The version of PHP that ships with CentOS 6 and CentOS 7 is getting a bit outdated. Oftentimes, people will want to use a newer version of PHP, such as PHP 5.6. This is easy enough to do, however you should always test this out on a dev server before applying to production just in case you run into problems.
On CentOS, I prefer to use the IUS repo’s as they are actively maintained, and they do not overwrite stock packages which is important.
So to get started, first setup the IUS repo if it isn’t already installed on your server:
# CentOS 6 [[email protected] ~]# rpm -ivh http://dl.iuscommunity.org/pub/ius/stable/CentOS/6/x86_64/ius-release-1.0-14.ius.centos6.noarch.rpm # CentOS 7 [[email protected] ~]# rpm -ivh http://dl.iuscommunity.org/pub/ius/stable/CentOS/7/x86_64/ius-release-1.0-14.ius.centos7.noarch.rpm
To upgrade PHP, yum has a plugin called ‘yum-replace’, which will automatically replace one package with another of your choosing. This simplifies the process of upgrading PHP greatly.
First, confirm that you are not already running another custom version of PHP:
[[email protected] ~]# rpm -qa |grep -i php php-tcpdf-dejavu-sans-fonts-6.2.11-1.el6.noarch php-cli-5.3.3-46.el6_7.1.x86_64 php-pdo-5.3.3-46.el6_7.1.x86_64 ...
Using the output from above, it looks like we just have the stock PHP version installed. I want to upgrade from PHP 5.3 which is the default package on CentOS 6, and replace it with PHP 5.6. Here is how you would run it:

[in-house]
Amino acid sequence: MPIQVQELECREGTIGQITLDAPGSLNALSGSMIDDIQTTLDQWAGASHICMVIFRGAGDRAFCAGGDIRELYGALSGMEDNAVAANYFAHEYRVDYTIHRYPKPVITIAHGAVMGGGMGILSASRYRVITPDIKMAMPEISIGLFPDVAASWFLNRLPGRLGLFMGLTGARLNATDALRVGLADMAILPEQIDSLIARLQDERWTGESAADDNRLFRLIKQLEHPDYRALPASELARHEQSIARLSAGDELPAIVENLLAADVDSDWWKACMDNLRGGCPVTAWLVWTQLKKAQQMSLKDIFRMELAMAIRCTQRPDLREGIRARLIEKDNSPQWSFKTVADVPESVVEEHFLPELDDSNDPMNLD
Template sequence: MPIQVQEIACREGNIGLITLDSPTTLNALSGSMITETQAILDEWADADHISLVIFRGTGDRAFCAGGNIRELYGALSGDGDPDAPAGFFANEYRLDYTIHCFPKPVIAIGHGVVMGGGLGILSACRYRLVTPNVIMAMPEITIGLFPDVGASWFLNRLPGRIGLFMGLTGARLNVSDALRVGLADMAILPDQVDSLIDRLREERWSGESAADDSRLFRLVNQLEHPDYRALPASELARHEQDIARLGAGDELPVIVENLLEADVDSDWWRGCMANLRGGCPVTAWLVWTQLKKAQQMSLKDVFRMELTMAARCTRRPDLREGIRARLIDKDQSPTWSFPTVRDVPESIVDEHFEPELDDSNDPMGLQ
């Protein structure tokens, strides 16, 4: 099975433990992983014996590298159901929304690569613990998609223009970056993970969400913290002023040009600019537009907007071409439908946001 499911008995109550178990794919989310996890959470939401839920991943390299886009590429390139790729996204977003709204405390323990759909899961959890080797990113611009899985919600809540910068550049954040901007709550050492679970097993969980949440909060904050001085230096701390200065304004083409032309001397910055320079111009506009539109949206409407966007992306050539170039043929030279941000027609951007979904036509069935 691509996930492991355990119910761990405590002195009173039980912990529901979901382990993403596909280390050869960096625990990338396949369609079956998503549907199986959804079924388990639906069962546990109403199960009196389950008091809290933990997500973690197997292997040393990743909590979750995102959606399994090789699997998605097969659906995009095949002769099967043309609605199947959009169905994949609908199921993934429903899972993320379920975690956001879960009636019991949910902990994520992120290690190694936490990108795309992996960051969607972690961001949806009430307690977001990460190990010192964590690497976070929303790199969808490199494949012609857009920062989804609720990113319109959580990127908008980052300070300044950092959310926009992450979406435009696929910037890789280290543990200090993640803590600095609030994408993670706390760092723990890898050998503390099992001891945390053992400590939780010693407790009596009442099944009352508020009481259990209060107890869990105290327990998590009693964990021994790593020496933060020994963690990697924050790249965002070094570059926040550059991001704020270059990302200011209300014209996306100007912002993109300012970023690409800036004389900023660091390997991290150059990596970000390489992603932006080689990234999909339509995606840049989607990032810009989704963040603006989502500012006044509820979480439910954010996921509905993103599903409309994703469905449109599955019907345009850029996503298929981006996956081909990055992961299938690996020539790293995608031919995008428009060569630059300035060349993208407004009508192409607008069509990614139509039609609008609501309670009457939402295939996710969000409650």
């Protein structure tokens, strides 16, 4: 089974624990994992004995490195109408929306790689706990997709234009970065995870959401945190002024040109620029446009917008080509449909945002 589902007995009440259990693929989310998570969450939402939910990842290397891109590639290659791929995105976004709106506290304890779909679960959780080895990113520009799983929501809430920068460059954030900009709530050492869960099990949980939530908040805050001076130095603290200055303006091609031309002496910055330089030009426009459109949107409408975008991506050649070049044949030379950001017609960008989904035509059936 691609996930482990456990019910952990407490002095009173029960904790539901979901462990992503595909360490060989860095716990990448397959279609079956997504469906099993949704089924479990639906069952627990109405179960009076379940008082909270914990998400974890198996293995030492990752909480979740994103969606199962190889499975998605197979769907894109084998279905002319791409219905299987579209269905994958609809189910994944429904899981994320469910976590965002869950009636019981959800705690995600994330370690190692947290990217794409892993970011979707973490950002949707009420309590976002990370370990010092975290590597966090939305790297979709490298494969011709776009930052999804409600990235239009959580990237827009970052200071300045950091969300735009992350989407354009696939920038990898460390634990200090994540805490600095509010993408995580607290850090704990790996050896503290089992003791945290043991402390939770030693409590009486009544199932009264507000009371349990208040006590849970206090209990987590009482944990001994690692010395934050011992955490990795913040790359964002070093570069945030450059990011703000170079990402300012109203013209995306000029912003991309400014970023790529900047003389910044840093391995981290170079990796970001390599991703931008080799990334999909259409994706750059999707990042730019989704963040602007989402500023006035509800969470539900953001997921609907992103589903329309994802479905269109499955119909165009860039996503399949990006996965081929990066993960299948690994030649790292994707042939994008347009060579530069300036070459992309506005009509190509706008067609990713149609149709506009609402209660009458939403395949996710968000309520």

[[email protected] ~]# yum install yum-plugin-replace [[email protected] ~]# yum replace php --replace-with php56u
Perhaps you find that your application doesn’t work with PHP 5.6, so you want to try PHP 5.5 instead:
[[email protected] ~]# yum install yum-plugin-replace [[email protected] ~]# yum replace php56u --replace-with php55u
Or maybe you find that the upgrade is not going to work for your environment, so you want to roll back to the original version:
[[email protected] ~]# yum replace php55u --replace-with php
The yum-replace plugin makes upgrading and downgrading PHP very fast and simple. But just to reiterate an earlier statement, make sure you test this out on a development server before applying to your production server! Its always possible that a module that worked in PHP 5.3 is deprecated in a newer version of PHP, or perhaps your site code is using deprecated functions that no longer exist! So always test first so you know what to expect!